I still get the itch to be on the open road. The wide open space and the feeling of freedom. So after a long week of work, we packed up the car and headed south for waterfalls. After passing the small towns of La Pine and Gilchrist you take a right and head towards Willamette National Forest. A beautiful forest with lakes, waterfalls and thick Douglas-firs.
I was searching for a hike through the woods and a waterfall. It’s hard to explain the feelings you get being near a waterfall. It’s best experienced for yourself. I feel refreshed, almost rejuvenated and it’s good for the soul. After researching Diamond Creek Falls I was hoping that it would be the one. I am a bit behind in posting, as we did this hike in the spring. Spring is the best because it usually means a raging waterfall, one that you can’t hear the person next to you. Plus the hike to Diamond Creek Falls offered a beautiful easy hike.
Hike to Diamond Creek Falls
Miles: 3.2 R/T ♦ Elevation Gain: 837′ ♦ Trail Type: Loop ♦ Trail: Easy to Moderate
We were worried about the traffic, road and trail. As we were driving through the forest, our worries subsided. We drove with the windows down and the music playing. I couldn’t think of a better moment. With few cars around we were hopeful that it meant we were getting to the trail head early enough.
We arrived to plentiful parking and there were even RV spots. I could only guess how busy this area is in the summer. If you are unable to hike to Diamond Creek Falls, don’t worry, there is a very, very sort walk to Salt Creek Falls. Salt Creek Falls is the third highest plunge waterfall in Oregon (after Multnomah and Watson Falls). At 286 feet it is a sight to see.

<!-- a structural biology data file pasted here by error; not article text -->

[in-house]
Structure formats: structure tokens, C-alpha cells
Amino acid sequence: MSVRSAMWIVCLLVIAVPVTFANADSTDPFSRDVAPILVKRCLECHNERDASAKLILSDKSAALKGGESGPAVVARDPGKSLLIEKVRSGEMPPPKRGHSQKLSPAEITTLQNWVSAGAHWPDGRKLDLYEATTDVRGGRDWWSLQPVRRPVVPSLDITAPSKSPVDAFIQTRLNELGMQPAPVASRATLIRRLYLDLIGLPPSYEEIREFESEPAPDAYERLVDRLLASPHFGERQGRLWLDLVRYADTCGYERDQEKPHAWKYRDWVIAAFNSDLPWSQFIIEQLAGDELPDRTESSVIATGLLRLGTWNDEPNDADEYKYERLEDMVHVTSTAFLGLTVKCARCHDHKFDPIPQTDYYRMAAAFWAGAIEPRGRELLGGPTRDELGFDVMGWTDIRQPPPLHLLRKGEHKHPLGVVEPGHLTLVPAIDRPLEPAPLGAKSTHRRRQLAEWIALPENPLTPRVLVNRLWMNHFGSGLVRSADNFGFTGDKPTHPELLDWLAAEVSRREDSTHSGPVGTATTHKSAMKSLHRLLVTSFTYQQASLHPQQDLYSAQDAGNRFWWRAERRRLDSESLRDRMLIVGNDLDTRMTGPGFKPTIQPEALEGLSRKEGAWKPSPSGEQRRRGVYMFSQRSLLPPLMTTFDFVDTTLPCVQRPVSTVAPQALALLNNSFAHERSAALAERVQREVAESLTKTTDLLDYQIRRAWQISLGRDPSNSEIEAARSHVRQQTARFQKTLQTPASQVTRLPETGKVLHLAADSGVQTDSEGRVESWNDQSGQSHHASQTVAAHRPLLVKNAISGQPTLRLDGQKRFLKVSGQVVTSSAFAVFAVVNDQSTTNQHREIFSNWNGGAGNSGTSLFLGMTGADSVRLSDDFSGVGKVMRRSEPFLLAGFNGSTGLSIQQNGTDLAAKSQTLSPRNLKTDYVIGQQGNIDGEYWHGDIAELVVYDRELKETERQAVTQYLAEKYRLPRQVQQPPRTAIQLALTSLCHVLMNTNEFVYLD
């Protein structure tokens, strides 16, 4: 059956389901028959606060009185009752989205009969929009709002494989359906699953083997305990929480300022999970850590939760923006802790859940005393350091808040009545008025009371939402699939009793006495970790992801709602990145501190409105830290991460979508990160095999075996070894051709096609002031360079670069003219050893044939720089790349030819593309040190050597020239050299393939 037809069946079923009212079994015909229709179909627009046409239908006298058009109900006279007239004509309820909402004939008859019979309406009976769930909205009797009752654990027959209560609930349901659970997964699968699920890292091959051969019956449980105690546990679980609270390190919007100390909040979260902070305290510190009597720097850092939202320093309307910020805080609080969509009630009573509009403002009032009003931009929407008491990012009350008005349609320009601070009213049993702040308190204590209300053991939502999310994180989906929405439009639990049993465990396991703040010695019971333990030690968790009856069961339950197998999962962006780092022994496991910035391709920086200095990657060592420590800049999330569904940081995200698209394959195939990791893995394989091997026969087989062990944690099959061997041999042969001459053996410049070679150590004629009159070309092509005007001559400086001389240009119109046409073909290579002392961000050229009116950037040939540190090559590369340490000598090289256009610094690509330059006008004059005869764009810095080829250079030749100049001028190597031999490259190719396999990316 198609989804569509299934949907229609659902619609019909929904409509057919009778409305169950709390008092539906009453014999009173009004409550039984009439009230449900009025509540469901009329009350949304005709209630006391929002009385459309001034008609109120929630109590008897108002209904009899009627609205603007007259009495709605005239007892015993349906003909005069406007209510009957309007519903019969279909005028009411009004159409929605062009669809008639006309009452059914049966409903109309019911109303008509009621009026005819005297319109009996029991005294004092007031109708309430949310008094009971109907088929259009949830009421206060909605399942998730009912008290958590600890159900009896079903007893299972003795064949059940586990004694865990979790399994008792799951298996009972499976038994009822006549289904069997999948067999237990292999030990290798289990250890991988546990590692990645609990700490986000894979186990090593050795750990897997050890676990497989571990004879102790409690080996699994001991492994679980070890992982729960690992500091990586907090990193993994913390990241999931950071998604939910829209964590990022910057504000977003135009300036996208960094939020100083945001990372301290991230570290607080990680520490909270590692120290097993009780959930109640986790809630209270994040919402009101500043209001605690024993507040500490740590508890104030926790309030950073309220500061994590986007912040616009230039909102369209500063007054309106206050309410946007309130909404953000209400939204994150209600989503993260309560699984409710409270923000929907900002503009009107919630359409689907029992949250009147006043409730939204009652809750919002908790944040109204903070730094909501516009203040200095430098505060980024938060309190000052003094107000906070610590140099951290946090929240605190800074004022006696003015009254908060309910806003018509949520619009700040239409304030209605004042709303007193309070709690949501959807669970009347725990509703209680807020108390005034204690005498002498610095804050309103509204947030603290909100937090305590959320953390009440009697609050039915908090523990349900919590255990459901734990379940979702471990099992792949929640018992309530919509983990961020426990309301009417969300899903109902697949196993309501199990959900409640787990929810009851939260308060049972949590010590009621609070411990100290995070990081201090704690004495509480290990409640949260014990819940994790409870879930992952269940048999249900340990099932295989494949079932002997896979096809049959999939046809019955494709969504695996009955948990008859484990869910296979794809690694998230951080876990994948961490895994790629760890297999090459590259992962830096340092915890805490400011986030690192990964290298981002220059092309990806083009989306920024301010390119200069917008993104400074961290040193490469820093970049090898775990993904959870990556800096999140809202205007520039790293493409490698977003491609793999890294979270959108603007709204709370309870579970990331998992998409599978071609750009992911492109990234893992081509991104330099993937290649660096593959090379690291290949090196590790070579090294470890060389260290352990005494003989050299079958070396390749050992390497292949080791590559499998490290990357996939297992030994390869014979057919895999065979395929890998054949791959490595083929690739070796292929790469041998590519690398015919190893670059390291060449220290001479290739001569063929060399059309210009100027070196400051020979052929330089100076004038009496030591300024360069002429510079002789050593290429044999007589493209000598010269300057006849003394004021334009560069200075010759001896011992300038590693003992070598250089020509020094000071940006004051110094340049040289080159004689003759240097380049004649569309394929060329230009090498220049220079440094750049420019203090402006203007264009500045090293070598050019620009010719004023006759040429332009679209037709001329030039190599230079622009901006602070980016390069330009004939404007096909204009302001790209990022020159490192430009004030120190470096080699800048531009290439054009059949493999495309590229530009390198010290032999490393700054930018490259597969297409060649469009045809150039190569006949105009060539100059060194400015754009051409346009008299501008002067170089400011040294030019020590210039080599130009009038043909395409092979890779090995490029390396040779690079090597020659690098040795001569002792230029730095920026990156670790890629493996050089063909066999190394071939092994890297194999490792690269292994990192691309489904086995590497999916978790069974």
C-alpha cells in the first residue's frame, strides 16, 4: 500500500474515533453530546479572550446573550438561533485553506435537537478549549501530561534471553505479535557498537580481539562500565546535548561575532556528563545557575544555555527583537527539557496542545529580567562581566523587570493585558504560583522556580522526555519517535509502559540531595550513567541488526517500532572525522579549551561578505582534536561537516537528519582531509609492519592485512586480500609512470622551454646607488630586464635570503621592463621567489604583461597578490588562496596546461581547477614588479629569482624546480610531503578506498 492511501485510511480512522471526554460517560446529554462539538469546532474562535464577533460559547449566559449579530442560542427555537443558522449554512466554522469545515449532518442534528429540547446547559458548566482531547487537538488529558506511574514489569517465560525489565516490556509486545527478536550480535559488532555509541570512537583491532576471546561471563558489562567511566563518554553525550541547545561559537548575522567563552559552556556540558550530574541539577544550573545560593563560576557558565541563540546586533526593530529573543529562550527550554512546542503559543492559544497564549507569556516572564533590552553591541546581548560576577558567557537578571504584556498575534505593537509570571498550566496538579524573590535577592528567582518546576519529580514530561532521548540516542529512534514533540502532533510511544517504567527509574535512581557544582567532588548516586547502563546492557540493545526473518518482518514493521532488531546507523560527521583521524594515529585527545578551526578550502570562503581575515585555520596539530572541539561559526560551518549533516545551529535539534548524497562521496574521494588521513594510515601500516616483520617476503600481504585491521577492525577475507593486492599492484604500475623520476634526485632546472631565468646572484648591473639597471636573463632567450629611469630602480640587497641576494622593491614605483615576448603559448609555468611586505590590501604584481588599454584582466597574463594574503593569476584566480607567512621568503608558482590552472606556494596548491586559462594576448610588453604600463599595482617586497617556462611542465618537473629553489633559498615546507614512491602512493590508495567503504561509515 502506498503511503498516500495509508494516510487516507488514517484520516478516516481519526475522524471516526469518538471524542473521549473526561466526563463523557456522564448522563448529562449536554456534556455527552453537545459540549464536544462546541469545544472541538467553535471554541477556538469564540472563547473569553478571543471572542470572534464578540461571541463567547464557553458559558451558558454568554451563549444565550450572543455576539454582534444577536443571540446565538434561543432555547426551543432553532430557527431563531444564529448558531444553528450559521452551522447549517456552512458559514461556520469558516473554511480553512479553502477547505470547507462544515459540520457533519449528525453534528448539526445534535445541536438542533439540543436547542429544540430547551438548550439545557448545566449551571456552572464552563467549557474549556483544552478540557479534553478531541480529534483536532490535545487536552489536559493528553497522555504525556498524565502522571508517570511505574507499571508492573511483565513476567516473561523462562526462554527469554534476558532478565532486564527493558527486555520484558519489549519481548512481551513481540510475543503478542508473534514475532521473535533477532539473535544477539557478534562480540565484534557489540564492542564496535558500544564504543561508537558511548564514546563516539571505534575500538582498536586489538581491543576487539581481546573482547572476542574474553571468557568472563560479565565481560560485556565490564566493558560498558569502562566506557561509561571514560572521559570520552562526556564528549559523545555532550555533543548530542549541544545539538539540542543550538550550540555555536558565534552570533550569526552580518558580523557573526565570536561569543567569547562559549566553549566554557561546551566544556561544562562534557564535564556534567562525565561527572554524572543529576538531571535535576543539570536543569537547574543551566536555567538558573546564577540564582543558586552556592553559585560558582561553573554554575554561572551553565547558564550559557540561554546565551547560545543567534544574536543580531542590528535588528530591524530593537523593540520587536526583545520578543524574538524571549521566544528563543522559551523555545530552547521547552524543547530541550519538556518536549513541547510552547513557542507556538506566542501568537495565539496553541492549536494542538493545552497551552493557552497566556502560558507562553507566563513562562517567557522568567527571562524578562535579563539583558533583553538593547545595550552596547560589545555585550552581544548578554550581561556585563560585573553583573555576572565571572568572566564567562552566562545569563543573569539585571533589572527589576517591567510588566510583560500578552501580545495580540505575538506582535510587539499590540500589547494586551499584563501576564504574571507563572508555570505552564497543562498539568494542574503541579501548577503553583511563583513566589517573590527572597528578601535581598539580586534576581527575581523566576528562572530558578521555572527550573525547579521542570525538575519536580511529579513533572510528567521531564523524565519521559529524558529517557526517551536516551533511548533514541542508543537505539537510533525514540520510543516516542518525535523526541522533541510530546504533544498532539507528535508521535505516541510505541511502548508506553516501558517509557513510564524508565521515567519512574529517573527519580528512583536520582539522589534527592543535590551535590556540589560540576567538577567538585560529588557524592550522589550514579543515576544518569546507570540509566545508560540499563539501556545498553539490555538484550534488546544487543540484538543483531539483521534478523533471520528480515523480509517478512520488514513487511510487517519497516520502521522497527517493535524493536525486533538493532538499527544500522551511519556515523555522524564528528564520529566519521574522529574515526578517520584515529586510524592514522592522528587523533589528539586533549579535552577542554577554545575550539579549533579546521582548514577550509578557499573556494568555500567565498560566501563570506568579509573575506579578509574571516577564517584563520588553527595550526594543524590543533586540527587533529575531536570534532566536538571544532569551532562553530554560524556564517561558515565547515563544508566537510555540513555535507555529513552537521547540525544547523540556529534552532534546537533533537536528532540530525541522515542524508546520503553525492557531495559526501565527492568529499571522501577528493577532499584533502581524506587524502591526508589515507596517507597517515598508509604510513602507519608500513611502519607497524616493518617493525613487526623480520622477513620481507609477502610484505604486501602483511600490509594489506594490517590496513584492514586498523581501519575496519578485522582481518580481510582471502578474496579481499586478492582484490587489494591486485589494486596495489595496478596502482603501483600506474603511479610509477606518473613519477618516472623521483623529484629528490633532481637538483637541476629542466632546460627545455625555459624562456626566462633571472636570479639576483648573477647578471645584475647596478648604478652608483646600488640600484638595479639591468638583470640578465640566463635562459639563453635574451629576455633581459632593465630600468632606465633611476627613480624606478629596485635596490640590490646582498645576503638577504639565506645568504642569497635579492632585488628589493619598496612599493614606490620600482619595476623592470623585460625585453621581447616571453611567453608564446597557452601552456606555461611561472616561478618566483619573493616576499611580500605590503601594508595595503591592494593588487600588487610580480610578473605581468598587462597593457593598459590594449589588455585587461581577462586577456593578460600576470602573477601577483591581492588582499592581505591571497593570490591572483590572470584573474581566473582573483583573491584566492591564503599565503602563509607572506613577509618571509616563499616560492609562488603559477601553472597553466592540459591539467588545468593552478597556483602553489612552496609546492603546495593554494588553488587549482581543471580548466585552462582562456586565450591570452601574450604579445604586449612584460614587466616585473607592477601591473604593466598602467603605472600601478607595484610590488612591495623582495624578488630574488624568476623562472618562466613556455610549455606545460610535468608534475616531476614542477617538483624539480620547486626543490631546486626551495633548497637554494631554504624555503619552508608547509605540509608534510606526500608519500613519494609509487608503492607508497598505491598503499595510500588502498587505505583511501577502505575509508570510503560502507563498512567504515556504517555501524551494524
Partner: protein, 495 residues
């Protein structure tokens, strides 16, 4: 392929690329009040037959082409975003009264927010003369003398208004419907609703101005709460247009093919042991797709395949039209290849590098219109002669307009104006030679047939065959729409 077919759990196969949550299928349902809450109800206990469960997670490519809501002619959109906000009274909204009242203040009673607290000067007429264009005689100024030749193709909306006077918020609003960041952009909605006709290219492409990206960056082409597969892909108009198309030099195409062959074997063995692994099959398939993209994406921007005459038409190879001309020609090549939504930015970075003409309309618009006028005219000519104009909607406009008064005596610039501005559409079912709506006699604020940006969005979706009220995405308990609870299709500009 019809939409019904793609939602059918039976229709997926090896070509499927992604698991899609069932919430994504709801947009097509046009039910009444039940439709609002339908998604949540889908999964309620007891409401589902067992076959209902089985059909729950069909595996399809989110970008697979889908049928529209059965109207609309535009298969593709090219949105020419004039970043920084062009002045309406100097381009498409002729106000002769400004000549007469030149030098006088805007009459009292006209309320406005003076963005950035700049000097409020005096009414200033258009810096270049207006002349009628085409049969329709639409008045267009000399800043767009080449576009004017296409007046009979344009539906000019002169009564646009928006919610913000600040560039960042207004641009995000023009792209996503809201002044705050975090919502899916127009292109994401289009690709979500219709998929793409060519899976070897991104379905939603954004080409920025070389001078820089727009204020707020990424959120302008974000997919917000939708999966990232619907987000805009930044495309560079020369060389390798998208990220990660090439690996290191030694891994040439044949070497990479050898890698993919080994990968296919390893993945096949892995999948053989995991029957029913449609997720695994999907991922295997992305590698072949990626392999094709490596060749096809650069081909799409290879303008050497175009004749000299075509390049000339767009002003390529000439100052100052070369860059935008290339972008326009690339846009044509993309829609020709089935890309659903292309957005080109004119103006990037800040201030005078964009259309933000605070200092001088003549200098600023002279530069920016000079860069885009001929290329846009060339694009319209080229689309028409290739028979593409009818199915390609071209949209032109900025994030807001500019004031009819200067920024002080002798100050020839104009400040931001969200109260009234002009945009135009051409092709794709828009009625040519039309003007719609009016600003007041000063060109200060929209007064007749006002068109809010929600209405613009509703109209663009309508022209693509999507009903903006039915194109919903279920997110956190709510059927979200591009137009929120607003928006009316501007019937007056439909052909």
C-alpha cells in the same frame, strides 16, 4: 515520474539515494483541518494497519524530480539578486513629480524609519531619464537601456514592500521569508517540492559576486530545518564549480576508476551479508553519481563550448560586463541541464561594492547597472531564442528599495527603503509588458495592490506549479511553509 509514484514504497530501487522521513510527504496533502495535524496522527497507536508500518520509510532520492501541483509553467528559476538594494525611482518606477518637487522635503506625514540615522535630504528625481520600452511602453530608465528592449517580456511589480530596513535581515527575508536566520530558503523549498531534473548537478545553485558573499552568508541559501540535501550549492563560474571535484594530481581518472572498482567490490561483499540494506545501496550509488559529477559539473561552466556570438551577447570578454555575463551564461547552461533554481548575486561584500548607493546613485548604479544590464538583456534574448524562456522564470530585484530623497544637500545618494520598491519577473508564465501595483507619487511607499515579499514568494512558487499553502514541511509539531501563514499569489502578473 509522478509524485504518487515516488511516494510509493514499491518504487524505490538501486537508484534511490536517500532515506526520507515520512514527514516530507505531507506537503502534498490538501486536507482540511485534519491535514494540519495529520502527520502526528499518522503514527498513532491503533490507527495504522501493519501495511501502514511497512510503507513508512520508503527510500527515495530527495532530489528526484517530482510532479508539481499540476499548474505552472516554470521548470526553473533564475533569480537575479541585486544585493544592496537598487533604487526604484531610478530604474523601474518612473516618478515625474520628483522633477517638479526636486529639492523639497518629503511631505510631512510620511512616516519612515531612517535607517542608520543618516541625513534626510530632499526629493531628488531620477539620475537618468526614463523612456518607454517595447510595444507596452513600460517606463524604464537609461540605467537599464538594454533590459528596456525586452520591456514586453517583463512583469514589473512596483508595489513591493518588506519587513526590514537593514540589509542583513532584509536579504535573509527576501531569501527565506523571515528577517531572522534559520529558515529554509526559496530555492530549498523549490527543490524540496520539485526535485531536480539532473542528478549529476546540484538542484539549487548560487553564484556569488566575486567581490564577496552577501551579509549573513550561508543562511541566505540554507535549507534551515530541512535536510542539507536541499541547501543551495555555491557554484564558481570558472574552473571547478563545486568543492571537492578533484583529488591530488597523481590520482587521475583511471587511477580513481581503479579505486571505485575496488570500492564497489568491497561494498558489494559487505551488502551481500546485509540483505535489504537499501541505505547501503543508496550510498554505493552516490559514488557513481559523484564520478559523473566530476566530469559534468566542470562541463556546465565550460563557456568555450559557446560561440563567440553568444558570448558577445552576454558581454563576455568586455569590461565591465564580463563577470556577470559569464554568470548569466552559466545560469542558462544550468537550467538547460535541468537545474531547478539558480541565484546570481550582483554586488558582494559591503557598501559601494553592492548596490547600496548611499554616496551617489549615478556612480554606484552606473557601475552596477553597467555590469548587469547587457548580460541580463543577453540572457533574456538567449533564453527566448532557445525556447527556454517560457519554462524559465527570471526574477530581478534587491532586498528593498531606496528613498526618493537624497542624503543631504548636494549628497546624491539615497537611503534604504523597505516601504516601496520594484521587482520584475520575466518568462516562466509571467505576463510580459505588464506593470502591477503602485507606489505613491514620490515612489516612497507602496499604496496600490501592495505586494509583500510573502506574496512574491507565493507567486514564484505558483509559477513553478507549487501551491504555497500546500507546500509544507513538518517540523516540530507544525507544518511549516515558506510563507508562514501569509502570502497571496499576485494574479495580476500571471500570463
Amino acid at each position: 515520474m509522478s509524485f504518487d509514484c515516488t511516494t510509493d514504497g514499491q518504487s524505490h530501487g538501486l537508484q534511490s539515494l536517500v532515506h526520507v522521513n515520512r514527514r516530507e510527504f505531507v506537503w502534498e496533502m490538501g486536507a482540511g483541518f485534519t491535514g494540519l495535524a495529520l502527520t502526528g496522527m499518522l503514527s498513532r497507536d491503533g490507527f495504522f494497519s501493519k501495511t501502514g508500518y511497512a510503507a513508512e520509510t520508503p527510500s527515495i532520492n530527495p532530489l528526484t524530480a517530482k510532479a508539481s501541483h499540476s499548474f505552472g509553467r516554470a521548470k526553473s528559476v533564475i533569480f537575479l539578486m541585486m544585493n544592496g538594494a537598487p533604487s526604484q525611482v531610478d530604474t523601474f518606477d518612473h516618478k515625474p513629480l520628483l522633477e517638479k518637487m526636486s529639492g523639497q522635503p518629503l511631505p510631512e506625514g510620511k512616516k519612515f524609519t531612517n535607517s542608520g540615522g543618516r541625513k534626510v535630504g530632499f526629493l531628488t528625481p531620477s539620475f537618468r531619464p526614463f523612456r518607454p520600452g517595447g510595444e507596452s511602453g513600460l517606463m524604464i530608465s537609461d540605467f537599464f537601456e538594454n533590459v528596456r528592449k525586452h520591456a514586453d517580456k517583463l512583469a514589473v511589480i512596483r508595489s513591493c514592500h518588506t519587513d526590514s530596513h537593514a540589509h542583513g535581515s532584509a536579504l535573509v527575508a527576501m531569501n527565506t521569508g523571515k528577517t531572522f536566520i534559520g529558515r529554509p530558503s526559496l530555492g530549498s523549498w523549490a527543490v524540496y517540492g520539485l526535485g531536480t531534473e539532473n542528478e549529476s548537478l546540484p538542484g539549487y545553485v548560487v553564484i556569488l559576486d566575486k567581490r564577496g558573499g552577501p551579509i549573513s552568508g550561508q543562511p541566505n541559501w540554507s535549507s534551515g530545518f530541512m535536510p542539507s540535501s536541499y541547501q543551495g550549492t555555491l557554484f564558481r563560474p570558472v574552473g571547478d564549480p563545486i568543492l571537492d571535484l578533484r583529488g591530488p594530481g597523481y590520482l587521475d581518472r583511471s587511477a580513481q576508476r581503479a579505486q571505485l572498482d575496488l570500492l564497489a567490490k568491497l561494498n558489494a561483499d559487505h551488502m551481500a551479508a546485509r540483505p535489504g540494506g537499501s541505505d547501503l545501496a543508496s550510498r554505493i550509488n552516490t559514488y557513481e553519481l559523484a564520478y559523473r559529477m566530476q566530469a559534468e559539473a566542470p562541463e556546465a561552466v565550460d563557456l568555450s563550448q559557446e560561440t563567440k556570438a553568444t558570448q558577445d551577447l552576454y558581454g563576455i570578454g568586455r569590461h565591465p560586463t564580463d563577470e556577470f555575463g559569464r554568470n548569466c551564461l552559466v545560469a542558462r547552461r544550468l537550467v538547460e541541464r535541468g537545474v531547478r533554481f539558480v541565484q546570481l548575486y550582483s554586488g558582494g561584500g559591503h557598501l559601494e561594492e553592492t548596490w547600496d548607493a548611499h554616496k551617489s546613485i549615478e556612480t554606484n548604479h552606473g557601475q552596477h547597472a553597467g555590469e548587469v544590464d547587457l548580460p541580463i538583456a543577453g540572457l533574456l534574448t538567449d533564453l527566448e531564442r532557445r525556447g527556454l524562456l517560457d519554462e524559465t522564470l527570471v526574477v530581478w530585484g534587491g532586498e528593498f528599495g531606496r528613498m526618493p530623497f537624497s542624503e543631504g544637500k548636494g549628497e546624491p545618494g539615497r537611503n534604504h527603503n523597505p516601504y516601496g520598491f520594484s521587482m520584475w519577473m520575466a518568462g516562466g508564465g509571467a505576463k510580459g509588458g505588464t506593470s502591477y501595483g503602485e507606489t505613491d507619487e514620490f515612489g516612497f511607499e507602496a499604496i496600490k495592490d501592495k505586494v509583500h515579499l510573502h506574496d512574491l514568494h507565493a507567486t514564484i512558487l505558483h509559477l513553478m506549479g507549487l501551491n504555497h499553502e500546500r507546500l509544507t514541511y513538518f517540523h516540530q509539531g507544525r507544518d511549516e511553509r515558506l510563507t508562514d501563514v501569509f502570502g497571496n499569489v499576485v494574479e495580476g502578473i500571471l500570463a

If you decide to continue on, as you are looking at the falls, head left to the trailhead for the hike to Diamond Creek Falls.
Since this post is past the season that we went, don’t worry, it’s great all year long. Spring, summer and fall, will provide a beautiful hike and in the winter it is marked for cross country skiing!
At this point I suggest going right. With a gradual incline it makes the 837′ elevation gain feel minimal.
As you continue on, you will notice that there are multiple view points and a lake (Too Much Bear Lake). The lake is only a quarter mile off the path. With multiple places to either take a break, take a dip in the summer or float, it is worth checking it out. After getting back on the path and continuing on, you’ll enter rhododendron woods and eventually you will see a sign that says lower Diamond Creek Falls, don’t be confused, it is really going to the upper.
When you reach the log footbridge crossing over Salt Creek you are close.
At this point you can hear the falls. Continue on the shaded path and come to your first glimpse of the falls.
Don’t be afraid to get a little closer, but be careful of the slippery rocks and logs that surround the falls. The green moss covered the rocks where ever they could. The colors are beautiful in the spring. So vibrant. Take the few steps to get a little closer, but please don’t climb.
It truly was just what we needed that weekend. I highly suggest this one as it really is the perfect excursion for the entire family. After you are done enjoying the falls, head back to the main trail to continue on or turn back. We did the entire loop, so we didn’t miss anything this trail had to offer. We considered forging on to Vivian Lake, but we were not prepared for a longer hike. Let us know if you have made it and if we should head back!
Diamond Creek Falls Trail Information
Aside from regular parking, there were about 8 RV parking spots. It really is a great road trip stop!
Dog Friendly: Yes, on a leash
Family Friendly: Yes, very
Parking: 43.611686, -122.127776
Parking Fee: $5
Parking Accepted Passes: Visit the website here.
Best Time: All year
Forest: Williamette National Forest
Other Uses: Spring, Summer and Fall – picnicking, Winter – Skiing
Access: All year
USDA Website for Area Status: Diamond Creek Falls
Packing: Water, poles to help with incline if needed, snacks and hiking shoes
As always, please respect these public areas. LEAVE NO TRACE. Be aware of fire restrictions during the season.
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